Rare 17th C. Indian ex. Bikaner Armory Axe Zaghnal (ID: ia874)
Rare 17th C. Indian ex. Bikaner Armory Axe Zaghnal
|( ID: ia874 )|
A unique example of early weaponry from Indian civilization, this unique 17th century piece originates from the Bikaner Armory. The copious markings in punch marks applied to the counter-punch and the face of the blade illuminate the origins of the axe. A rare find, the weapon extends 24 inches and the axehead is 10 inches long, while the haft likely consists of rosewood.
Soldiers of the Mughal Empire at the time would employ the weapon as an armor-piercing blade in battle. Considered one of the "gunpowder empires" of the time period, the Mughal Empire battled the Safavid Iran and Ottoman Empire for control of the region. All three of these empires undertook significant military campaigns at the time employing innovations in mortal technology, including cannons, small arms and firearms to expand their dominions. The Mughal Empire was an open civilization seeking to nurture the offerings of the societies it ruled. Instead of trying to eradicate them, the Mughal developed policies that pacified and included various ruling elites.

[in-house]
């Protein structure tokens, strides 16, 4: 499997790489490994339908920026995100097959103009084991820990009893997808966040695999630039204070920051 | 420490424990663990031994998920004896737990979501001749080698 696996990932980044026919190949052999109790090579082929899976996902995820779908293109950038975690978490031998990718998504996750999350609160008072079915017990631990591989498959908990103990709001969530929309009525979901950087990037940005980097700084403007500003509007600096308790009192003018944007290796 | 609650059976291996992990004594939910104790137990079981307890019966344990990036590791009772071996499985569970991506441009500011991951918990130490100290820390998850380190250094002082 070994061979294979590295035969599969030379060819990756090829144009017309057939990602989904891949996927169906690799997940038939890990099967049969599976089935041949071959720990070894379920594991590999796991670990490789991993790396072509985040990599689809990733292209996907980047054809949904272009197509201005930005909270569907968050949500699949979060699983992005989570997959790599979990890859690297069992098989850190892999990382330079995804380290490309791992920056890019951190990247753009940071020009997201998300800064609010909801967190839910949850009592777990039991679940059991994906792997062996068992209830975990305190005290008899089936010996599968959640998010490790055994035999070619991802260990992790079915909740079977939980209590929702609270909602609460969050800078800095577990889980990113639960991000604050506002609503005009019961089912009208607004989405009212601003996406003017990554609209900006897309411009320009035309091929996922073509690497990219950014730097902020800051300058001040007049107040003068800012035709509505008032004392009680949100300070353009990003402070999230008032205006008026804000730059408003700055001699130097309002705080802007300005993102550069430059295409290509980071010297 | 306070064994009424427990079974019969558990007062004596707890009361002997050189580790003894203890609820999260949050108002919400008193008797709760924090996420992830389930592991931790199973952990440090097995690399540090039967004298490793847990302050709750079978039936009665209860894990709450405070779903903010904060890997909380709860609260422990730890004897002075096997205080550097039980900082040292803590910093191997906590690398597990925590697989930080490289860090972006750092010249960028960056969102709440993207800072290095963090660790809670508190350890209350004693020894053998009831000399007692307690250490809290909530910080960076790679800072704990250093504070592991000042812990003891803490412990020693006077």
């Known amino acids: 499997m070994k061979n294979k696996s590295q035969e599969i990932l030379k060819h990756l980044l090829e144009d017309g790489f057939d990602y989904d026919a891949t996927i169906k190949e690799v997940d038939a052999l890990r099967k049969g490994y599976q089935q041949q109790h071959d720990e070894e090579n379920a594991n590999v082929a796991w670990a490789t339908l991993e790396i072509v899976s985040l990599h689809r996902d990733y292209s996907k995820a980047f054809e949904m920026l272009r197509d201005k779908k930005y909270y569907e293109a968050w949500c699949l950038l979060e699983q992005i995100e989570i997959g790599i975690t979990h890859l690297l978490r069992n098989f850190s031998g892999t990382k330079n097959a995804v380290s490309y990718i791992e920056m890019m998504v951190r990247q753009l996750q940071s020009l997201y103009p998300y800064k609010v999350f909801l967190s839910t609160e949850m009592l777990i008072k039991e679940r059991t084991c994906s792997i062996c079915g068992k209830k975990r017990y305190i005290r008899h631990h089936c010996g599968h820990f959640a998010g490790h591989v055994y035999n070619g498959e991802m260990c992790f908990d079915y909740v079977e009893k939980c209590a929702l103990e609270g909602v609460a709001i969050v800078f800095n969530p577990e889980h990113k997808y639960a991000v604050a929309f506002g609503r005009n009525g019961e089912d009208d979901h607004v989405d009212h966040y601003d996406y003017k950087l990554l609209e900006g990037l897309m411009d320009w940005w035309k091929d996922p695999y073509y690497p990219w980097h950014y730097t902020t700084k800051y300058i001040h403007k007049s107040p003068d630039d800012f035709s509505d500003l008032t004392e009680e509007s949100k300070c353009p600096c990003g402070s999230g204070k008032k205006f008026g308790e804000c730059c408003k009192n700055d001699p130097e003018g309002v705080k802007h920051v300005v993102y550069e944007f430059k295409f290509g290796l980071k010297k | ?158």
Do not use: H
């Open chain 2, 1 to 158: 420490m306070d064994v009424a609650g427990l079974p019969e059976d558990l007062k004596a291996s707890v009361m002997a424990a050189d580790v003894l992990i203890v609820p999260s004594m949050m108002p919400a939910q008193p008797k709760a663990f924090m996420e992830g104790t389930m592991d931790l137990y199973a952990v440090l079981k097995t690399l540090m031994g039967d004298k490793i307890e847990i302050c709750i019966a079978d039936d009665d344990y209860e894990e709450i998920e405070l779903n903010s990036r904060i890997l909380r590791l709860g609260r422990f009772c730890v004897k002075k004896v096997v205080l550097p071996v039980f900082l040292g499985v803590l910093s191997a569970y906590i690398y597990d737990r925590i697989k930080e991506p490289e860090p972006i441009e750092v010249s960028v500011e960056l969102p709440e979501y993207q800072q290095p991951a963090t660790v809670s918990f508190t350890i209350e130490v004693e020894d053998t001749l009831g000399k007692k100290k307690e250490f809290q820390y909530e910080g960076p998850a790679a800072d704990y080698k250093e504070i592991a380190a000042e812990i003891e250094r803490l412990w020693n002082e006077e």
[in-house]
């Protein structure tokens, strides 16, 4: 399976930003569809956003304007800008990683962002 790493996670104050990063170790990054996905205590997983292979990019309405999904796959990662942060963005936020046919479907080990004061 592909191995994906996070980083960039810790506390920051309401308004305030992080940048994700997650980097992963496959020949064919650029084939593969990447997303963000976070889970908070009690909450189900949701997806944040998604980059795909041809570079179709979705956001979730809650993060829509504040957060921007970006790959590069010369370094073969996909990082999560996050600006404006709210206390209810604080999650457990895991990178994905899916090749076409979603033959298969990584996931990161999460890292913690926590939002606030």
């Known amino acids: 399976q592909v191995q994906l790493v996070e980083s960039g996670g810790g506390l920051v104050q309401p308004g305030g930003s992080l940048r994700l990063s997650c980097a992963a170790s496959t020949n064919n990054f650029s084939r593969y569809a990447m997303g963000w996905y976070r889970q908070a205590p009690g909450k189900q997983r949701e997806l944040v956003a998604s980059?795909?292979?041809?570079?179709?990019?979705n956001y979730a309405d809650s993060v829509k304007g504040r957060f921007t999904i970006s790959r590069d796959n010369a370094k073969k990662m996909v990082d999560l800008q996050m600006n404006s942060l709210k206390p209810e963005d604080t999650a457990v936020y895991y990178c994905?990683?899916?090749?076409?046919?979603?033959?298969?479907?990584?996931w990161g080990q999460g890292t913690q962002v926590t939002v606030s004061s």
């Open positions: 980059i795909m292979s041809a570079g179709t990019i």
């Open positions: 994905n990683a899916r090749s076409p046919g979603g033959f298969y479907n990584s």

The Mughal artistic and design tradition synthesized influences from around the world including the European Renaissance as well as from Persian and Indian schools. The art historian R. Siva Kumar argues, "The Mughal painters borrowed individual motifs and certain naturalistic effects from Renaissance and Mannerist painting, but their structuring principle was derived from Indian and Persian traditions." At its peak, the Mughal Empire extended into modern day India, Pakistan, Bangladesh, and Afghanistan. The contributions of the civilization are seen in contemporary times with the tombs and other pieces of architecture remaining in these locations.
* R. Siva Kumar, "Modern Indian Art: a Brief Overview," Art Journal (1999) 58#3 pp 14+.